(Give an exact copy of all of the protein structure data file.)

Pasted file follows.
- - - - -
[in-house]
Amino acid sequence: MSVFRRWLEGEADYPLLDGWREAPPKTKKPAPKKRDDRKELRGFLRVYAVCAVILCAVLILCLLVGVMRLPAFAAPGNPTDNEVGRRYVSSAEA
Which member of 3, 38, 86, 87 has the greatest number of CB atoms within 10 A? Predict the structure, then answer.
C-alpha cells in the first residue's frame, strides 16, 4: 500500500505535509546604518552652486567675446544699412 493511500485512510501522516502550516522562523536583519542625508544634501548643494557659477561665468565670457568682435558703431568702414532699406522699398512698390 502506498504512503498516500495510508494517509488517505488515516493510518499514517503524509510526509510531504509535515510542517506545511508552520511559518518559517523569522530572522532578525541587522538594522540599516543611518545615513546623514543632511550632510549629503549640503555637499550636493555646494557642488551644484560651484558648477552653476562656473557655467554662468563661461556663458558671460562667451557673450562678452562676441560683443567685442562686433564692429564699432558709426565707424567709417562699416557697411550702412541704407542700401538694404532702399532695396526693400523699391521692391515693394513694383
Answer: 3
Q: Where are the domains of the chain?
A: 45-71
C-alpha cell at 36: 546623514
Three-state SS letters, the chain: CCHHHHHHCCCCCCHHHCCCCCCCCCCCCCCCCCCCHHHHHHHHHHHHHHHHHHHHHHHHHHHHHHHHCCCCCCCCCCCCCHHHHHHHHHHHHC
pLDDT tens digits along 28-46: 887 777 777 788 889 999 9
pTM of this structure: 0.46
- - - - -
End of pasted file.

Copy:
[in-house]
Amino acid sequence: MSVFRRWLEGEADYPLLDGWREAPPKTKKPAPKKRDDRKELRGFLRVYAVCAVILCAVLILCLLVGVMRLPAFAAPGNPTDNEVGRRYVSSAEA
Which member of 3, 38, 86, 87 has the greatest number of CB atoms within 10 A? Predict the structure, then answer.
C-alpha cells in the first residue's frame, strides 16, 4: 500500500505535509546604518552652486567675446544699412 493511500485512510501522516502550516522562523536583519542625508544634501548643494557659477561665468565670457568682435558703431568702414532699406522699398512698390 502506498504512503498516500495510508494517509488517505488515516493510518499514517503524509510526509510531504509535515510542517506545511508552520511559518518559517523569522530572522532578525541587522538594522540599516543611518545615513546623514543632511550632510549629503549640503555637499550636493555646494557642488551644484560651484558648477552653476562656473557655467554662468563661461556663458558671460562667451557673450562678452562676441560683443567685442562686433564692429564699432558709426565707424567709417562699416557697411550702412541704407542700401538694404532702399532695396526693400523699391521692391515693394513694383
Answer: 3
Q: Where are the domains of the chain?
A: 45-71
C-alpha cell at 36: 546623514
Three-state SS letters, the chain: CCHHHHHHCCCCCCHHHCCCCCCCCCCCCCCCCCCCHHHHHHHHHHHHHHHHHHHHHHHHHHHHHHHHCCCCCCCCCCCCCHHHHHHHHHHHHC
pLDDT tens digits along 28-46: 887 777 777 788 889 999 9
pTM of this structure: 0.46